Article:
all the various fighting factions in Syria that have to choose which side they are on.

If they accept the proposal, then they become part of a political process and would be welcome at the future resumed negotiations in Geneva.

If they don't accept, that would mean they side with ISIL and Al-Nusra and the like, who are considered to be terrorists.

AMANPOUR: Yes, Ambassador, since Al-Nusra and ISIS are not -- obviously not covered by this cease-fire, how does this actually work?

And wouldn't it be easy for the Russians or the Assad regime to keep up their bombing, you know, either targeting ISIS or saying they're

targeting ISIS?

CHIZHOV: Well, as far as Russian air force is concerned, it will certainly continue to target ISIS and Al-Nusra and the Syrian army,

commanded by President Assad, will continue its ground offensive, so that is quite obvious.

AMANPOUR: Let me ask you this --


AMANPOUR: -- what if this doesn't work?

The United States and others have been talking about a plan B, they haven't exactly spelled out what that plan B is but some speculating

perhaps increased sanctions on Russia or other such measures.

What do you understand to be plan B?

CHIZHOV: Well, Russia does not have any plan B and we have heard nothing from others, including the United States, of the existing -- of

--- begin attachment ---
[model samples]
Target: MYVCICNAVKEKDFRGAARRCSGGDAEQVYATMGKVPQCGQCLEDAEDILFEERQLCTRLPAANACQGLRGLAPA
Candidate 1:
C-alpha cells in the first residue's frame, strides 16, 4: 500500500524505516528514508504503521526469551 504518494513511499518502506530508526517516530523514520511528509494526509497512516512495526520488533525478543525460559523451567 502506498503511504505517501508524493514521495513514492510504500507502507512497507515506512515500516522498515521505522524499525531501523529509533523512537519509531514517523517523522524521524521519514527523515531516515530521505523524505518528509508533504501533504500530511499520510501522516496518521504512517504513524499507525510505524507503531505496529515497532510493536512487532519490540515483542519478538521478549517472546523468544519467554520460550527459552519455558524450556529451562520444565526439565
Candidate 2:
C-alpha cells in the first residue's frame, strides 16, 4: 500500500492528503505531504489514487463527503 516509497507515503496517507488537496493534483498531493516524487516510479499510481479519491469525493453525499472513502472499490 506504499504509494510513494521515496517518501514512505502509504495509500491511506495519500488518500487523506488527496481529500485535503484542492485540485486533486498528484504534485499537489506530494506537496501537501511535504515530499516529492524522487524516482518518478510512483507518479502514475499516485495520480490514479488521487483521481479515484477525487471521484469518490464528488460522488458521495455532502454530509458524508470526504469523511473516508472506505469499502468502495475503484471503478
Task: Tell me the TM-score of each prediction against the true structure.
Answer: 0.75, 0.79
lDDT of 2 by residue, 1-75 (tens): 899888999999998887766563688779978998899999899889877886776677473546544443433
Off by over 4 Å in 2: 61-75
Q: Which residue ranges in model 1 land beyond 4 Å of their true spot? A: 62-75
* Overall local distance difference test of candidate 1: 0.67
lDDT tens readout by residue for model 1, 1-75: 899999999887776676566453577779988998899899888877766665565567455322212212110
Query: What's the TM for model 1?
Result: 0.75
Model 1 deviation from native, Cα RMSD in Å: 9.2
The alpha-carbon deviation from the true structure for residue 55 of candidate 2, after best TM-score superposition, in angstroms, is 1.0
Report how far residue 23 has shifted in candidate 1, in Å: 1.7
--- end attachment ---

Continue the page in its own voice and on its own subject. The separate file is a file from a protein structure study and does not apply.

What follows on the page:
existence of any plan B. And I think the very talk about it is very unhelpful because if you launch a major initiative, a peace initiative in

this case, and immediately start talking about what happens if it fails, then your own commitment to that can be questioned.

AMANPOUR: Let me ask you a broader question.

Now you have obviously been listening to all analysis, watching what's going on on the ground and you know very well that a lot of people are

saying that Russia has really seized the advantage; it has had a very strong mission in Syria and that the West has been dithering and that

Russia has gained a major strategic advantage in the region and in Syria, compared to the West.

Do you accept that?

Do you accept that Russia is playing a very strong and the upper hand in Syria?

CHIZHOV: Well, first of all, it has not been Russian intention to make this as a contest with the West, you know, fighting for influence and

for certain positions in the region.

What Russia has been focusing on is to combat the obvious threat of terrorism, represented primarily by ISIL and also Al-Nusra and other

organizations, that have actually sucked in thousands of members from various countries of the world, including Russia, including our neighbors,

Central Asian countries and others. And also many European countries.

And we certainly -- the least thing we want is for those people, having acquired combat experience in terrorism, to go back to their home

countries, including Russia, and to spread that experience in terms of terrorist attacks. So this is our number one aim, is to make Russia safer

from the menace of terrorism.